Count V is a derivative claim on behalf of defendant Kayser & Co. Through incorporation by reference of other parts of the complaint, it sufficiently alleges (1) diversity of citizenship and the necessary jurisdictional amount, (2) that plaintiff was a shareholder at the time of the transaction of which he complains, (3) that the action is not collusive, and (4) that it would have been futile to make a demand upon the Board of Directors to bring the suit*fn1 These allegations satisfy the jurisdictional requirements and Fed.Rules Civ.Proc. rule 23(b), 28 U.S.C.A.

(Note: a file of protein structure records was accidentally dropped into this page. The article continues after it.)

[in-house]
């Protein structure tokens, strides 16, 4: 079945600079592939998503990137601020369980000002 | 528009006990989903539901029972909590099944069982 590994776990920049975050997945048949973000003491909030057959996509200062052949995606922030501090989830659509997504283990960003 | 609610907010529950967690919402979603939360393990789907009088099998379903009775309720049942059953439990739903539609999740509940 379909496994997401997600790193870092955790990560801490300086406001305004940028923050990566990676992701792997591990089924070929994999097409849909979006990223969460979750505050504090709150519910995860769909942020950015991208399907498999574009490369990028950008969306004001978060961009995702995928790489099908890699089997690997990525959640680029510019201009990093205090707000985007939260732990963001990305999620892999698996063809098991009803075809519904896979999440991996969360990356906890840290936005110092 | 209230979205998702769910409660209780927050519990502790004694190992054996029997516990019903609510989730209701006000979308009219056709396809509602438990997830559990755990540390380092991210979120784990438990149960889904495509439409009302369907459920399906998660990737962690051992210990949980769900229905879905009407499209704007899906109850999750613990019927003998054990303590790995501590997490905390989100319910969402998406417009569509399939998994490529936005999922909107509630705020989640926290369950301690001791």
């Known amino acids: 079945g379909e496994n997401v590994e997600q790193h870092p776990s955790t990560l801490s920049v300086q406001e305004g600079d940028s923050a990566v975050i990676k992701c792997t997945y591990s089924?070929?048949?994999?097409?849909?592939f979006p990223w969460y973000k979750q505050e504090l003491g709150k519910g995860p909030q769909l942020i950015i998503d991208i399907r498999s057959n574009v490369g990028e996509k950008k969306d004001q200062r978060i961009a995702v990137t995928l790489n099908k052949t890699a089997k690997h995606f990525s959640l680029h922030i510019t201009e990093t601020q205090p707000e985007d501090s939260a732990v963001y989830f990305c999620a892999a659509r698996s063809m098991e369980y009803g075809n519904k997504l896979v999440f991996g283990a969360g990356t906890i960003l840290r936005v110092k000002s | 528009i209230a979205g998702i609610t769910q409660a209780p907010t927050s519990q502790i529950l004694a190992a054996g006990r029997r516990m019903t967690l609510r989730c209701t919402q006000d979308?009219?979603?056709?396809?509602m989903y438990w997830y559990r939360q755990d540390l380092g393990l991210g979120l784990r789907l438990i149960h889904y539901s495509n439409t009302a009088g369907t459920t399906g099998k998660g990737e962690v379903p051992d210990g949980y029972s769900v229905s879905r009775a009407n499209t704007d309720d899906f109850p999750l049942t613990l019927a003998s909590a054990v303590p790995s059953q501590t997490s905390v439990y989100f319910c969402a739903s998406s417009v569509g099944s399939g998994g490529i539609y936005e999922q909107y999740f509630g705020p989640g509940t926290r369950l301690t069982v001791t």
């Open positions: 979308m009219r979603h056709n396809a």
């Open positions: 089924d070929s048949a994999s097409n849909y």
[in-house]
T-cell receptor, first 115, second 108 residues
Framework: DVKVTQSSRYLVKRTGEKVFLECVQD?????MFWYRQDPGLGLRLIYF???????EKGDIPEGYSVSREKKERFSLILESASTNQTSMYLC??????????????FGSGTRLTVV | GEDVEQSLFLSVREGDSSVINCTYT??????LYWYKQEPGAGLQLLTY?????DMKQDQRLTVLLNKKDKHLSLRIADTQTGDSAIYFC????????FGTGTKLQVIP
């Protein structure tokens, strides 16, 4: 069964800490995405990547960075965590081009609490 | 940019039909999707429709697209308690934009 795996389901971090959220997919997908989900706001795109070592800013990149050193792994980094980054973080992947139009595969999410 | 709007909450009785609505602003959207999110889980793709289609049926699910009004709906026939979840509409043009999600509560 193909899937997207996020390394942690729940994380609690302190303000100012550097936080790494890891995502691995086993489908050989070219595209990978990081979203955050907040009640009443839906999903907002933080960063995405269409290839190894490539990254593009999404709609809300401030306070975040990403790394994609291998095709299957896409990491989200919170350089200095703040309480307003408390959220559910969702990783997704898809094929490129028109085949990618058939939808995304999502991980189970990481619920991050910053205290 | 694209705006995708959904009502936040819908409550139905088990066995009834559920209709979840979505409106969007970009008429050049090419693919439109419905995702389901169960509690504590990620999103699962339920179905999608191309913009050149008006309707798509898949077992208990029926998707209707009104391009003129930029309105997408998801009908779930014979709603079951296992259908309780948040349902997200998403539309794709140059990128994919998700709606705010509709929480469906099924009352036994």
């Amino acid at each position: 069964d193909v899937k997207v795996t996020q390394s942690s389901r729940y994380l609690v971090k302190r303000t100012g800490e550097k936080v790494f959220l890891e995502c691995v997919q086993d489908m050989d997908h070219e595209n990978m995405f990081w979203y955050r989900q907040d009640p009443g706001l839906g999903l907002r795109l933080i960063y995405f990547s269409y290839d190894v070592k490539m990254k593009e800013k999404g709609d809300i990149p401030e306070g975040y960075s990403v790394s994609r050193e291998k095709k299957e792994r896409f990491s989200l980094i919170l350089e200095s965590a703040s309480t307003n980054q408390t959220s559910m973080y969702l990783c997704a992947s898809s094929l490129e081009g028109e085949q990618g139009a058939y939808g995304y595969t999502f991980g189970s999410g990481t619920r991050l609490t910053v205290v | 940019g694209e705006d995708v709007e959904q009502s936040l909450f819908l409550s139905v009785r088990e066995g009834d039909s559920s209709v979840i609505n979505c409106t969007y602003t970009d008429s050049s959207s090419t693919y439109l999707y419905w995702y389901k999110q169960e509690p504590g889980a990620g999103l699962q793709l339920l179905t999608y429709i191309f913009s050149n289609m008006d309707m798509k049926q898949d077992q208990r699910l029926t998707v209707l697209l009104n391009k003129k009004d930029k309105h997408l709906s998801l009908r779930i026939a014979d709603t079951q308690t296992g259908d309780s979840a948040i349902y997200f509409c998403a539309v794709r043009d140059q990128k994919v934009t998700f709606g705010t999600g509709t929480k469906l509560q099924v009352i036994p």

This count further alleges that the Kayser company, on July 22, 1954, entered into a contract with Diamond Hosiery Corporation for the purchase by Kayser of the assets of Diamond; that this contract was made "at the instigation and direction of" defendants Goldsmith, Feinberg and Hinerfeld, who are directors of Kayser; that these three defendants dominate and control the Kayser Board of Directors and its management, through their control of three companies, Diamond, Hillcrest and Hamilton, which together are the controlling stockholders of Kayser (so that Goldsmith, Feinberg and Hinerfeld thus control both the buyer and seller under the Kayser-Diamond contract); that the purchase by Kayser of the Diamond assets will constitute an improper and wasteful expenditure of Kayser's funds which will be detrimental to it and will be solely for the benefit of Goldsmith, Hinerfeld and Feinberg; that the Diamond assets are not needed by Kayser and are not worth the price paid for them; and that the contract imposes on Kayser a burdensome lease, the lessor under which is a company in which Goldsmith, Feinberg and Hinerfeld have a large interest.